|Discovered by||N. R. Pogson|
|Discovery time||April 15, 1857|
|Group||Main belt (Flora family)|
|Reference date November 26, 2005 (JD 2453700.5)|
|Longest distance from the Sun||384.954 Gm (2.573 AU)|
|Shortest distance from the Sun||274.339 Gm (1.834 AU)|
|Longest distance from the center of its orbital path
|329.646 Gm (2.204 AU)|
|How egg-shaped its orbit is
|How long it takes to complete an orbit||1194.766 d (3.27 a)|
|Average speed||19.92 km/s|
|Angle above the reference plane
|Longitude of where it comes up through the reference plane||264.937°|
|Angle between its shortest distance from what it orbits around and where it comes up through the reference plane
("argument of periapsis")
|Size and Other Qualities|
|Mass||~4.0×1017 kg (estimate)|
|Average density||~2.7 g/cm³ (estimate)|
|Gravity at its surface||~0.012 m/s² (estimate)|
|Slowest speed able to escape into space
|~0.034 km/s (estimate)|
|How long it takes to turn around one time||0.2401 d|
|How much light it reflects||0.274 (geometric)|
|Avg. surface temp.||~178 K
max: 275K (+2° C)
|8.78 to 13.29|
|0.11" to 0.025"|
43 Ariadne is a fairly big and bright main belt asteroid. It is the second-biggest member of the Flora asteroid family. It was found by N. R. Pogson on April 15, 1857 and named after the Greek heroine Ariadne.
Characteristics[change | edit source]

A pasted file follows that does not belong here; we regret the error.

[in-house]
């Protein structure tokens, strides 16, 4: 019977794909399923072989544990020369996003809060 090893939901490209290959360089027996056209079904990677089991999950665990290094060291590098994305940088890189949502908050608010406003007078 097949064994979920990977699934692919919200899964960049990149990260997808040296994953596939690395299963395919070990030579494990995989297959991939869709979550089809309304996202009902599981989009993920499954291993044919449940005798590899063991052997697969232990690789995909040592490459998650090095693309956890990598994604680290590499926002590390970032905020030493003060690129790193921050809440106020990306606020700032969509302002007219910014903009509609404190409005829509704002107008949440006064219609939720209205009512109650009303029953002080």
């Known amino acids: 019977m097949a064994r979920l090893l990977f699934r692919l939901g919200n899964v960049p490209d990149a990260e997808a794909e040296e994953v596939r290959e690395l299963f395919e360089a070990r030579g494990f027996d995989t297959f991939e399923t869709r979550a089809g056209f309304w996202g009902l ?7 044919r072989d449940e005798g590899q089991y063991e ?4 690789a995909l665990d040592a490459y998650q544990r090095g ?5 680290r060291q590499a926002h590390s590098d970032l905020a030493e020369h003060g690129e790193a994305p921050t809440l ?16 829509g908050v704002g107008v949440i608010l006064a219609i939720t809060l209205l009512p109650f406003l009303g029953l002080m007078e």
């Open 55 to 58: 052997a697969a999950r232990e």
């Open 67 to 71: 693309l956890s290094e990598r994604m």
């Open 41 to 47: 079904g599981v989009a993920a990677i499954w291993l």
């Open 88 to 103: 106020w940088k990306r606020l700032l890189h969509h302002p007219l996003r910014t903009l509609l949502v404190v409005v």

Ariadne is very stretched out (almost twice as long as its smallest shape). It is a retrograde rotator, although its pole points almost parallel to the ecliptic towards ecliptic coordinates (β, λ) = (-15°, 235°) with a 10° uncertainty. This gives an axial tilt of about 105°.
Trivia[change | edit source]
- For reasons unknown, "Asteroid 43 Ariadne" was included in a list of names of supporters of the NASA spacecraft Stardust that was stored on a microchip within the spacecraft.
- The maximum apparent size of Ariadne is equal to the maximum apparent size of Pluto.
References[change | edit source]
M. Kaasalainen, J. Torppa & J. Piironen Models of Twenty Asteroids from Photometric Data, Icarus, Vol. 159, p. 369 (2002).
P. Tanga et al. Asteroid observations with the Hubble Space Telescope, Astronomy & Astrophysics, Vol. 401, p. 733 (2003).
- PDS lightcurve data
G. A. Krasinsky et al. Hidden Mass in the Asteroid Belt, Icarus, Vol. 158, p. 98 (2002).
Other websites[change | edit source]
- shape model deduced from lightcurve
- bi-lobed shape model from Hubble lightcurves
- Orbital simulation from JPL (Java) / Ephemeris